Are there multiple strains of Covid-19?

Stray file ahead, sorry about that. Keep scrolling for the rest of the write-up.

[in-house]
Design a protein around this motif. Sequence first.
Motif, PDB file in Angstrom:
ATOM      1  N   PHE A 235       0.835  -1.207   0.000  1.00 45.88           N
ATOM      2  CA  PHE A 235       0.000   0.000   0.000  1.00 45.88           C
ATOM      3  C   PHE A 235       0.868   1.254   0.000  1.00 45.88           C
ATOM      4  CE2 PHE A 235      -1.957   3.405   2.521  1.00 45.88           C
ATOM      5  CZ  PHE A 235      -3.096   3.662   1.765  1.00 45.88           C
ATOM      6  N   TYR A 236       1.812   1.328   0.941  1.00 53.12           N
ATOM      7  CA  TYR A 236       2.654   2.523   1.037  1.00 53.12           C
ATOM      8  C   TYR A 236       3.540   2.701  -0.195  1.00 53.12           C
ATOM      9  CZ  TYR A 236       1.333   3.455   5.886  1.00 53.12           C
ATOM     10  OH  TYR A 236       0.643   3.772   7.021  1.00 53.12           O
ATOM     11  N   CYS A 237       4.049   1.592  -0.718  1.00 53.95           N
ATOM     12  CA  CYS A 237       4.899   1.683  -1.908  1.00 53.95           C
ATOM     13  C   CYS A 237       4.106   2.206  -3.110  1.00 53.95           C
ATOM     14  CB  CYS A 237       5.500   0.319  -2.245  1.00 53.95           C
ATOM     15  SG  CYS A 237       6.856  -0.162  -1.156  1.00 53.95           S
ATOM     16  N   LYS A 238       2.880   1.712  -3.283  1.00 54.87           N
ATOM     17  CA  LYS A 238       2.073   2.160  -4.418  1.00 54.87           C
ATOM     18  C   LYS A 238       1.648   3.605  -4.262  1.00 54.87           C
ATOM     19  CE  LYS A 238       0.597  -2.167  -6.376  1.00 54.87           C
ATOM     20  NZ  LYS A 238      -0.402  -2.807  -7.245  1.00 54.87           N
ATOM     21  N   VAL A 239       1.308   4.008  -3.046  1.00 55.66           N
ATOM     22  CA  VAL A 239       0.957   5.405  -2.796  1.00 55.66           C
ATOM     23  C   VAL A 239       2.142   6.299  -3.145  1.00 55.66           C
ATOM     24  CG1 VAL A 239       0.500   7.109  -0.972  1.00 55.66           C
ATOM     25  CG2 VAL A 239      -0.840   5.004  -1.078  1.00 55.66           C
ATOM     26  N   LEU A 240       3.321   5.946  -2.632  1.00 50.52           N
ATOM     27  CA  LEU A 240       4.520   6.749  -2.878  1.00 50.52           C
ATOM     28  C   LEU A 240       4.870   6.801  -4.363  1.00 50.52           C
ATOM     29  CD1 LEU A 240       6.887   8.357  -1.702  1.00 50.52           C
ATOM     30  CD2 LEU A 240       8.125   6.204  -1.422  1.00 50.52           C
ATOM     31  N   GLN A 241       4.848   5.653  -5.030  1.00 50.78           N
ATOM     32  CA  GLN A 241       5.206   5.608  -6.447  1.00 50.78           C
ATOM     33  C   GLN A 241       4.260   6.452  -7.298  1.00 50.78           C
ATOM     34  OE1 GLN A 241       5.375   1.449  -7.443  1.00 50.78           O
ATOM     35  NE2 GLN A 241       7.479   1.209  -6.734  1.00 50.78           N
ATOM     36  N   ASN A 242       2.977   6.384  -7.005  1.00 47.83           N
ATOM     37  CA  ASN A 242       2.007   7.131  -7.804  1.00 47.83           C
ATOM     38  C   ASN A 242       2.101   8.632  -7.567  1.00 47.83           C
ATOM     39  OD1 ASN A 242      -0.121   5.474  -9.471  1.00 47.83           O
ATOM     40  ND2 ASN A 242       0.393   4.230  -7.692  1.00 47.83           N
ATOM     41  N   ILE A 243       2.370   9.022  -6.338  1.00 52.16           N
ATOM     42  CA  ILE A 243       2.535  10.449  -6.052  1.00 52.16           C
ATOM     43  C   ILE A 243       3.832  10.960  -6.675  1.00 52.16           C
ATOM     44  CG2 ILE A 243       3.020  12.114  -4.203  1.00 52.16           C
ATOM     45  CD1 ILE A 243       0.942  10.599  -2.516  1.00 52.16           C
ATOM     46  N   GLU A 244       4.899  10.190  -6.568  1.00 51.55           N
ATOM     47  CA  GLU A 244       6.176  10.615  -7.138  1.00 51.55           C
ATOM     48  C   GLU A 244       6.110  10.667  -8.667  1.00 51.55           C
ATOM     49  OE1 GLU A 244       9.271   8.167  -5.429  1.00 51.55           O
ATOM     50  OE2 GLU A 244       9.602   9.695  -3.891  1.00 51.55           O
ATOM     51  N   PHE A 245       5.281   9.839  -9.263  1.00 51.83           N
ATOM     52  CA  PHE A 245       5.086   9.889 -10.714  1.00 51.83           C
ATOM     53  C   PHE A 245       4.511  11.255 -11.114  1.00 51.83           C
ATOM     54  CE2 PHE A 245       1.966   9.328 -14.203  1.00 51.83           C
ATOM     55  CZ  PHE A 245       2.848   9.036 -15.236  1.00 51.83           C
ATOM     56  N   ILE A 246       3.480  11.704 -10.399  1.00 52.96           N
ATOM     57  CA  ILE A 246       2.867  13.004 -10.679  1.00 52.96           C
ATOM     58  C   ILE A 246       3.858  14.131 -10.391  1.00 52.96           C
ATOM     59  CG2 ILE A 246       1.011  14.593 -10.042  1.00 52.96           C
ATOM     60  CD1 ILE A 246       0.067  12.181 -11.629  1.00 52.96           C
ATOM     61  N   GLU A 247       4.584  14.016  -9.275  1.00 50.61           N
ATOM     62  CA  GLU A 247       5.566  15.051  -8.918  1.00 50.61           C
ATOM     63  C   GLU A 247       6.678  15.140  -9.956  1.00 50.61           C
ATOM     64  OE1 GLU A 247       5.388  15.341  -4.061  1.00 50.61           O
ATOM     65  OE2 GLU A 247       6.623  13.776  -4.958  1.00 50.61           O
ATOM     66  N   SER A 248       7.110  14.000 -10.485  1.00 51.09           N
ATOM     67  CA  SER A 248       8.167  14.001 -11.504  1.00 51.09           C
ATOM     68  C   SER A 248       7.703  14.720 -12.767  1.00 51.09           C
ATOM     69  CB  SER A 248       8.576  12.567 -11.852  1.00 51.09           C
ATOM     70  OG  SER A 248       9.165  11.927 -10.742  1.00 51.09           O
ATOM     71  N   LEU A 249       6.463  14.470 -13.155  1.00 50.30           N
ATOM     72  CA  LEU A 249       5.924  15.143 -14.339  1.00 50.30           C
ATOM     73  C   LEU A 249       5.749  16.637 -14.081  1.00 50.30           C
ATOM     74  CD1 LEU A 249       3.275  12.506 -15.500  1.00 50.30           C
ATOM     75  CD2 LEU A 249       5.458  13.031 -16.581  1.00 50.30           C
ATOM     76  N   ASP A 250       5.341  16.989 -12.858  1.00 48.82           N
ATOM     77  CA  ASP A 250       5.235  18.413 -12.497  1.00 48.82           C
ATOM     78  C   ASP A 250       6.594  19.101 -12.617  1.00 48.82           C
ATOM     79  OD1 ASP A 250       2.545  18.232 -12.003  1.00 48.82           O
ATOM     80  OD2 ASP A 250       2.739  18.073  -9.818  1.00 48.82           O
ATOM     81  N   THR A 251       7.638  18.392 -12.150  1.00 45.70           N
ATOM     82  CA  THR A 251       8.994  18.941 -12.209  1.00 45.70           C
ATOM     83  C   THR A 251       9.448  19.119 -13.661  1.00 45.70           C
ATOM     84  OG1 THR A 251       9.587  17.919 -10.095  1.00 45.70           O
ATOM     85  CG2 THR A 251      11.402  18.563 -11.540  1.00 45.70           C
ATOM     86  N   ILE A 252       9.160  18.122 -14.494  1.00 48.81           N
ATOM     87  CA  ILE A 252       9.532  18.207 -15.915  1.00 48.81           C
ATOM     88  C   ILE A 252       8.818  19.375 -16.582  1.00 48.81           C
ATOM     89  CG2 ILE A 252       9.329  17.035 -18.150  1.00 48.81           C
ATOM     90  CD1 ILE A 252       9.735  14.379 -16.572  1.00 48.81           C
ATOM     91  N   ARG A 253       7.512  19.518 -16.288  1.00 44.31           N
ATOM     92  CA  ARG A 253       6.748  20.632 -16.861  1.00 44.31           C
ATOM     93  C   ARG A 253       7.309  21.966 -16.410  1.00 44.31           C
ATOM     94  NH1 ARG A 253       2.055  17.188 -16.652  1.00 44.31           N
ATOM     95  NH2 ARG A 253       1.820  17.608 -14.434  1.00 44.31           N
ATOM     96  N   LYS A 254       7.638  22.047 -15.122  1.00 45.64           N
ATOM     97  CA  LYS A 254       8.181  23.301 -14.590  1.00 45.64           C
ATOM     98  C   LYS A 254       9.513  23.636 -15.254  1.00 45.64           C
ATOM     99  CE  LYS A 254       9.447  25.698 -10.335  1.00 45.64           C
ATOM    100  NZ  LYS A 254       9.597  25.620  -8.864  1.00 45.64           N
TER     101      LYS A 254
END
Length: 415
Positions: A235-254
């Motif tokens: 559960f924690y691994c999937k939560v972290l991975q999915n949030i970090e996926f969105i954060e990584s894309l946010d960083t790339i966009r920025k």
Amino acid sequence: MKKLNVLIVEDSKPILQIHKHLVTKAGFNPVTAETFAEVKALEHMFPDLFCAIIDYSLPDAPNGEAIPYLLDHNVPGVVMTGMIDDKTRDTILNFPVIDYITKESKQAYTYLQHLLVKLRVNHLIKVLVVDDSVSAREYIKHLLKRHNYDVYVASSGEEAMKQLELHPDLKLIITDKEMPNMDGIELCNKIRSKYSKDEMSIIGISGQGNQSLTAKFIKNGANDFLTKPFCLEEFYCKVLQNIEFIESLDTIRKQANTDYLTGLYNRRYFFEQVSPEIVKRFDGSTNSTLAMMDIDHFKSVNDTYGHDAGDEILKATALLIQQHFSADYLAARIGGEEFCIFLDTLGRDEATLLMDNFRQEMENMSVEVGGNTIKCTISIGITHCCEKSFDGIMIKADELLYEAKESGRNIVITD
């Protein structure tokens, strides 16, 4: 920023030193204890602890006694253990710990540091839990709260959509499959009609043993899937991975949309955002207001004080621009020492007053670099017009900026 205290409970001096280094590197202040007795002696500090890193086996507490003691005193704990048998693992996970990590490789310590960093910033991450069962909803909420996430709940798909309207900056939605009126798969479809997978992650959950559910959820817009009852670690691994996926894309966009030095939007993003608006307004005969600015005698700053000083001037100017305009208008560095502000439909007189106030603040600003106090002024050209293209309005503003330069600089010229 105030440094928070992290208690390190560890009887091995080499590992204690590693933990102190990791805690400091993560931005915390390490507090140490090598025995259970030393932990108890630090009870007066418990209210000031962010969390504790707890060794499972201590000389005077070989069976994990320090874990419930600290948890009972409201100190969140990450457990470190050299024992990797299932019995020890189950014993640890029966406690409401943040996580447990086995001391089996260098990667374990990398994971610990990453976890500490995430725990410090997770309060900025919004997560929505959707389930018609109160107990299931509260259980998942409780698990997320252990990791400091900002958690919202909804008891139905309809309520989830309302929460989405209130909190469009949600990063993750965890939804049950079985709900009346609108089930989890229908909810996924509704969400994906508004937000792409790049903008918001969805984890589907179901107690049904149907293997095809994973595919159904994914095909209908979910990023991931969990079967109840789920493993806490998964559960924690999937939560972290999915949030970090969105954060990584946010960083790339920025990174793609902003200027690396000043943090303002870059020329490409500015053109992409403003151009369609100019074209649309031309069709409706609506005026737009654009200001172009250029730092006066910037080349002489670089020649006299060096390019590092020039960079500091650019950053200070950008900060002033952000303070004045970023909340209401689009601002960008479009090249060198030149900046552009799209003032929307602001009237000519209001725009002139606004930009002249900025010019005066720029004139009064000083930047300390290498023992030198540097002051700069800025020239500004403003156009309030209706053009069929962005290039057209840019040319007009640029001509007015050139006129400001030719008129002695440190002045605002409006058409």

Scientists in China believe they have identified two unique strains of the new coronavirus—a discovery that, if confirmed, could mean new variants will crop up year after year in the same way as seasonal flu. Researchers from Peking University examined the genetic sequences of viral samples from 103 Chinese Covid-19 patients. They say they found two forms of the virus: “L-type” and “S-type.” The L-type was more prevalent among those who had the disease early in the outbreak; the S-type was more common in later samples. Counterintuitively, it appeared that the former was derived from the latter. Researchers think the S-type didn’t make as big an impact initially because it isn’t as virulent. The differences between the two are tiny; they both carry the same symptoms and are equally deadly. But if there are indeed two strains, it’s safe to assume that more will emerge in the months and years ahead. That’s how seasonal flu works: New variants crop up as viruses mutate to overcome people’s immune systems. Some scientists have questioned the finding, noting that the study is based on a small sample and that such mutations don’t make the virus behave differently. But others say the research shows that the coronavirus will be with us for years to come. Ian Jones, from Reading University in the U.K., tells New Scientist: “I don’t see it going away any time soon.” ■